“She wrapped him in swaddling clothes and laid him in a manger because there was no room in the inn.” 

In a single sentence, Luke preaches the most startling of Christmas homilies.  The Son of God, the Savior of the world would spend his first night living as one of us in a place where animals of the field are fed.  In the dark silence of the first Christmas, The King of Kings and Lord of Lords would turn the world’s understanding and priorities upside down.  No castle, only a court made up of shepherds, welcomed by a carpenter and an obedient young mother.   Pope Emeritus Benedict, wrote in his “Jesus of Nazareth: The Infancy Narrative”: “From the moment of his birth, he belongs outside the realm of what is important and powerful in worldly terms.”

Throughout Jesus’ public ministry, Jesus would repeat his humble homily many times; starting with the shepherds who were the first to hear the Good News and gain a glimpse into His kingdom.   It was the blind beggar, the cleansed leper, and widows and children, the most disenfranchised of the people that would gain the blessings that faith poured into their lives.  They were poor in spirit and in their poverty recognized how much they needed Jesus to fill the void in their lives.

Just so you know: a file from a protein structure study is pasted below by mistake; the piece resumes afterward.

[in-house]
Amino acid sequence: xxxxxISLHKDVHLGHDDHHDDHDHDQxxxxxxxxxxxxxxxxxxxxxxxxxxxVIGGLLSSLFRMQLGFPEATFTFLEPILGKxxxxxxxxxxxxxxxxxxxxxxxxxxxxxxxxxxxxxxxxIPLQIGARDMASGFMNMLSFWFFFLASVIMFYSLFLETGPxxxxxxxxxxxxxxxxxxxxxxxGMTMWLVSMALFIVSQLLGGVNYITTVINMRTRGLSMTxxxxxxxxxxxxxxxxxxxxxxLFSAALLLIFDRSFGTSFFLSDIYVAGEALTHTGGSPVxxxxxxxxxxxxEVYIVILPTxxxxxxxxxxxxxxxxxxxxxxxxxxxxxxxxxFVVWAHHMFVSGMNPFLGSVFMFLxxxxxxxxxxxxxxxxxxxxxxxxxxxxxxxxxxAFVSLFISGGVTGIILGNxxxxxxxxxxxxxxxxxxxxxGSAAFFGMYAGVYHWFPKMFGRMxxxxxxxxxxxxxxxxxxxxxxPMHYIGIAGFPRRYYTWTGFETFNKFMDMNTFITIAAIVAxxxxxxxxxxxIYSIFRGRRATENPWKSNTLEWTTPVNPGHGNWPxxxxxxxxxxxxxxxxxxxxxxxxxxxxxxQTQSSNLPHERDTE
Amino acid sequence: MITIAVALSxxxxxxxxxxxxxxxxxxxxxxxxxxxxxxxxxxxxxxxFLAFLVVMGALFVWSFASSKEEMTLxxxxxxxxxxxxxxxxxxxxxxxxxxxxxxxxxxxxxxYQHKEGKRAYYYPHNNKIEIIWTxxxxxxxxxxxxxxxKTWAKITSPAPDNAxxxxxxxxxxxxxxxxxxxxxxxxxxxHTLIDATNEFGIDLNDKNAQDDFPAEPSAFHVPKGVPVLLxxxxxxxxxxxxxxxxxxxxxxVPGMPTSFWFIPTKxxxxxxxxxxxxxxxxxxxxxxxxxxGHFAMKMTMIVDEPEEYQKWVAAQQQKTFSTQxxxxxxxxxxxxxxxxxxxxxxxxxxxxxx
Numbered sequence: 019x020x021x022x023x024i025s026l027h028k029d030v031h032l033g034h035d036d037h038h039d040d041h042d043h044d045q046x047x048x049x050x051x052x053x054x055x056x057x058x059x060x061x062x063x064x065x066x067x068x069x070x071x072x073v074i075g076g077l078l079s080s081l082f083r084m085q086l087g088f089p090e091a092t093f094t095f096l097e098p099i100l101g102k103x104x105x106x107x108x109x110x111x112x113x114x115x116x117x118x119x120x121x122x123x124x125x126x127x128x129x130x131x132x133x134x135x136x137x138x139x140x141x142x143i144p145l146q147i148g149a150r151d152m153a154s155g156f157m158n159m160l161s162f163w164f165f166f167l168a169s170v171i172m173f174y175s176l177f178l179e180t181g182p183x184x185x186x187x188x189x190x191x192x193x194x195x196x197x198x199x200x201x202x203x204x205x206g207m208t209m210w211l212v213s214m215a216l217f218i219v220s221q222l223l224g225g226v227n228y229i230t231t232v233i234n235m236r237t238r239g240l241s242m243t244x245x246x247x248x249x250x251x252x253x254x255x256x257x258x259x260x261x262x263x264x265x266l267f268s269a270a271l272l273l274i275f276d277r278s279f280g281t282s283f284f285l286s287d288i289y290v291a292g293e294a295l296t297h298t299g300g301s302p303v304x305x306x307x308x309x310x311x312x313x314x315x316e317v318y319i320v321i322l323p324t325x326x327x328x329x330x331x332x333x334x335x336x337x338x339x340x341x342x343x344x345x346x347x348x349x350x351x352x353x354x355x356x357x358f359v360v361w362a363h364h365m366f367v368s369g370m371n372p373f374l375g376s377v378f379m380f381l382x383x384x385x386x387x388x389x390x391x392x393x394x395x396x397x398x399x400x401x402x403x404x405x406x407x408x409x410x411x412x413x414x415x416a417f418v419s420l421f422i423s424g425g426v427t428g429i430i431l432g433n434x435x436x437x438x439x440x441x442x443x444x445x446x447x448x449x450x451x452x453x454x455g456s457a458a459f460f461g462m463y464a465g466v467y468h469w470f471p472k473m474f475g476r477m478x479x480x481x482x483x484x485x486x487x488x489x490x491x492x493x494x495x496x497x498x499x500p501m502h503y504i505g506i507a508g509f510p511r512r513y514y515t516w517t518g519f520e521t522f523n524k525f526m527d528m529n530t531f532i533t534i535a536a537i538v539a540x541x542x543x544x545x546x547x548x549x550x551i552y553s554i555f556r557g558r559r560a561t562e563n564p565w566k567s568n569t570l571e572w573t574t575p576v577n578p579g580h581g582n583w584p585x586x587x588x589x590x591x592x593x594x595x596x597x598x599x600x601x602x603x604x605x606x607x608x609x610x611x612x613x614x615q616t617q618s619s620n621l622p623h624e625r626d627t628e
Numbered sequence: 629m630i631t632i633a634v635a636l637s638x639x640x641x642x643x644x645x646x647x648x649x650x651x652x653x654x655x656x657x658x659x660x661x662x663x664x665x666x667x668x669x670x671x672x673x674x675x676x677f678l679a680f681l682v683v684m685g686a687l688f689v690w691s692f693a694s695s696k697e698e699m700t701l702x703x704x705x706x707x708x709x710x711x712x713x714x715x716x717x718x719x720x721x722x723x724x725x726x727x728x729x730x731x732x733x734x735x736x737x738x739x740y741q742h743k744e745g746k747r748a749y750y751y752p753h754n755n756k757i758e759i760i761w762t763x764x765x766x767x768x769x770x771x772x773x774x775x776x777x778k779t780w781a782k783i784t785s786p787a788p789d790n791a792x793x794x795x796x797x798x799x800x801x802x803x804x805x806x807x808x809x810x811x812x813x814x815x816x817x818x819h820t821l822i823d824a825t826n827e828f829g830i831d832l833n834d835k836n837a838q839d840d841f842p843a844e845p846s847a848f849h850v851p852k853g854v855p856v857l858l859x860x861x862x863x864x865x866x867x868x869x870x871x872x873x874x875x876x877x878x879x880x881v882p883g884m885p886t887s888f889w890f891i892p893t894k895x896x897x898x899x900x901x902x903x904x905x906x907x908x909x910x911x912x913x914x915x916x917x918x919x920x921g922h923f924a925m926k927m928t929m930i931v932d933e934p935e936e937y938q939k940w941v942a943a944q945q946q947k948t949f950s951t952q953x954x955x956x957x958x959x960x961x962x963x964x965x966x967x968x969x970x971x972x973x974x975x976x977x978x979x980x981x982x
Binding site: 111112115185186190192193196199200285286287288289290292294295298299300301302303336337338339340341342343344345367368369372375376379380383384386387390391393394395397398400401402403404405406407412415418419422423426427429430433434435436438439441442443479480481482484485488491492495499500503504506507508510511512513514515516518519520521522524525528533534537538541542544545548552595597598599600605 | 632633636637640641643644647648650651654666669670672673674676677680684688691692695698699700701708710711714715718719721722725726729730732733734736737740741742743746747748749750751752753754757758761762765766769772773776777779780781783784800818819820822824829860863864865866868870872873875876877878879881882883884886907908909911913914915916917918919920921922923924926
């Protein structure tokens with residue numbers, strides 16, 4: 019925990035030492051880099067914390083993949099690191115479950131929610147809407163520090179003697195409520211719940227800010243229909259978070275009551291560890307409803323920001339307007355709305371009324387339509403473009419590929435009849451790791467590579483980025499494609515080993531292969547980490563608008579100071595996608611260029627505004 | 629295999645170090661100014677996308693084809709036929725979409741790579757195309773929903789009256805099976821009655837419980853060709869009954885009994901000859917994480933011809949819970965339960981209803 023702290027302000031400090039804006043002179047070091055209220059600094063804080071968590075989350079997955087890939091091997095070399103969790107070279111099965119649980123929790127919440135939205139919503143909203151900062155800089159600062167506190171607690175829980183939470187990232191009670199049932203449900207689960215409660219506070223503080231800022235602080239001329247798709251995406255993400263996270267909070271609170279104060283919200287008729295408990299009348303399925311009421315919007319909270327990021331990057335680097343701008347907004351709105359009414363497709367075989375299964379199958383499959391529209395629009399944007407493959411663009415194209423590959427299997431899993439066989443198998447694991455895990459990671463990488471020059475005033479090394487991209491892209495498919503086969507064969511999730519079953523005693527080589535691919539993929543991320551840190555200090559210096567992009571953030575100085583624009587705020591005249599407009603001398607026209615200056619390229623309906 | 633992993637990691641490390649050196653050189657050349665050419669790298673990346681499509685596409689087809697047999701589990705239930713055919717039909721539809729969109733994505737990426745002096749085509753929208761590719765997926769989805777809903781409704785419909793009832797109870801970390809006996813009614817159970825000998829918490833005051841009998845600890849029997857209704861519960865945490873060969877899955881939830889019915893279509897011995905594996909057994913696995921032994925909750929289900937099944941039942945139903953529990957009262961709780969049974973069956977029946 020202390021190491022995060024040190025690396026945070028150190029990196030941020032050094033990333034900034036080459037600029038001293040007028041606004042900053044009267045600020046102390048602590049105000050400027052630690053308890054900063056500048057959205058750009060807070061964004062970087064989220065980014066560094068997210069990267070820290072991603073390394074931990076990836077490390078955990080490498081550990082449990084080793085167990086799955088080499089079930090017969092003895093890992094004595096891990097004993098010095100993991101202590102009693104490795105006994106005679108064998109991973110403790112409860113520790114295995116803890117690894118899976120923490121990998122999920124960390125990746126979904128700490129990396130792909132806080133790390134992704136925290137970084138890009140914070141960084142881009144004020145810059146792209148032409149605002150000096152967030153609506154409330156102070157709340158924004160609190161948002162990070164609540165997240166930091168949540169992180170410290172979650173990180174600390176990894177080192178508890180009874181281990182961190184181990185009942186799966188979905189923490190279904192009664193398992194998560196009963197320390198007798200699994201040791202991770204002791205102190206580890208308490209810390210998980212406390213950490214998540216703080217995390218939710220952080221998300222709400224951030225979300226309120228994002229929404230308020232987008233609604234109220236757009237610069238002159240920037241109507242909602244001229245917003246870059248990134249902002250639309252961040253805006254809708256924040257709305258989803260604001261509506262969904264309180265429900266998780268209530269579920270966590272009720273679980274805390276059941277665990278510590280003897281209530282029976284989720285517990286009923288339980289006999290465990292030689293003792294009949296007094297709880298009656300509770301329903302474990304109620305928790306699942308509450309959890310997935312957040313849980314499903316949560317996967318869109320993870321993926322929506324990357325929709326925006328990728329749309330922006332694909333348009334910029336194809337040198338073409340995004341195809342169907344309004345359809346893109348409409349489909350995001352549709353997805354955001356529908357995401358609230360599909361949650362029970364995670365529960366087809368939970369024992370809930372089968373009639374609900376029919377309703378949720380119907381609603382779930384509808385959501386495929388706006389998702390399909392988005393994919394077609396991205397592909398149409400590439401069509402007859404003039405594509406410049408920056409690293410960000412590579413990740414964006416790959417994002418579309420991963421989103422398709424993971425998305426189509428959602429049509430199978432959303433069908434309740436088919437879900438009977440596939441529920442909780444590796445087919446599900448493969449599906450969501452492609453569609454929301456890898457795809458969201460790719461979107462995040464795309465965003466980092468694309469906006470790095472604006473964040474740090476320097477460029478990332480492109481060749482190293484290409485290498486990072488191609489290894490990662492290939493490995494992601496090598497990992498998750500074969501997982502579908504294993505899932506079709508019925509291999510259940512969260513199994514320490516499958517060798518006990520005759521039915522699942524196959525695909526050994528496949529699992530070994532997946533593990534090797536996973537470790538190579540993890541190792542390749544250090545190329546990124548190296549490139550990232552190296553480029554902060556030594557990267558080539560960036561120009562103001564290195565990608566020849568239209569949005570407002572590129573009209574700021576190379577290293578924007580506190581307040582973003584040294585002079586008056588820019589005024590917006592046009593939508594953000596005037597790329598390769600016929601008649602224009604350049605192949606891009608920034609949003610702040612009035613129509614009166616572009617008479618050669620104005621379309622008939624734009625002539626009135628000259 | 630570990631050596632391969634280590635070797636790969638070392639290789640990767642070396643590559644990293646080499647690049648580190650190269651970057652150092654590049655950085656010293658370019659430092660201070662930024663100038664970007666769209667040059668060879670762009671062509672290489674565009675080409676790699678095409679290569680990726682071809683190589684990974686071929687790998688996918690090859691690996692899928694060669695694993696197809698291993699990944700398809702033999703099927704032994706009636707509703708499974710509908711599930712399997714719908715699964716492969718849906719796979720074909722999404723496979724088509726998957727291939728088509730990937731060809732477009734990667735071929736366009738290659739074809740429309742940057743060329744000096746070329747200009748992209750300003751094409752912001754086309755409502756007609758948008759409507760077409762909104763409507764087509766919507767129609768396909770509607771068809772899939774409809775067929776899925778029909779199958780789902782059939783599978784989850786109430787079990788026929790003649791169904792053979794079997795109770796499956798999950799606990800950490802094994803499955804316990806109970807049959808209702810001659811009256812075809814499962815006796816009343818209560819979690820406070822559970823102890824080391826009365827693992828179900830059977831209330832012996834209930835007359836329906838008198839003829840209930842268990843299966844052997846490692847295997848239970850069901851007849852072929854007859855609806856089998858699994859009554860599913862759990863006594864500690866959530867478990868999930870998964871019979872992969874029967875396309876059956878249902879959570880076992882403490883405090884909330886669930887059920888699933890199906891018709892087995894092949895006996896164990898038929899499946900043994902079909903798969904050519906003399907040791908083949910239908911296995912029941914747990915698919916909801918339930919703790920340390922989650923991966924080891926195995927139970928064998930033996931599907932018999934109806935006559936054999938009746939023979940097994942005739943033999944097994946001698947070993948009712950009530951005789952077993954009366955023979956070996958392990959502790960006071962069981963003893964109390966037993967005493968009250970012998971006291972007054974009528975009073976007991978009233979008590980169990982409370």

By the world’s standards, the intentional austerity of the biblical Christmas scene seems out of place.  The world’s Christmas reflects a sense of false abundance.  As usual the world tells us we need more stuff, while the Christ Child proves to us that what we really need to disconnect ourselves from the counterfeit treasure that a secular Christmas represents.  There’s nothing inherently bad in the gifts we give at Christmas when they spring from a spirit of love and generosity.  Nor is there anything wrong with enjoying the gifts, unless they fill a desire for excess and self-satisfaction.   We must be mindful of the authentic message of Christmas that originated in the humblest of beginnings, that happiness and joy spring from those of us who are poor in spirit, allowing the abundance of God’s grace and love to illuminate our Christmas Spirit.

May you have a Merry Christmas defined and blessed by the angels’ clear instructions as to where we will discover the Lord: “You will find an infant wrapped in swaddling clothes and lying in a manger…Glory to God in the highest.”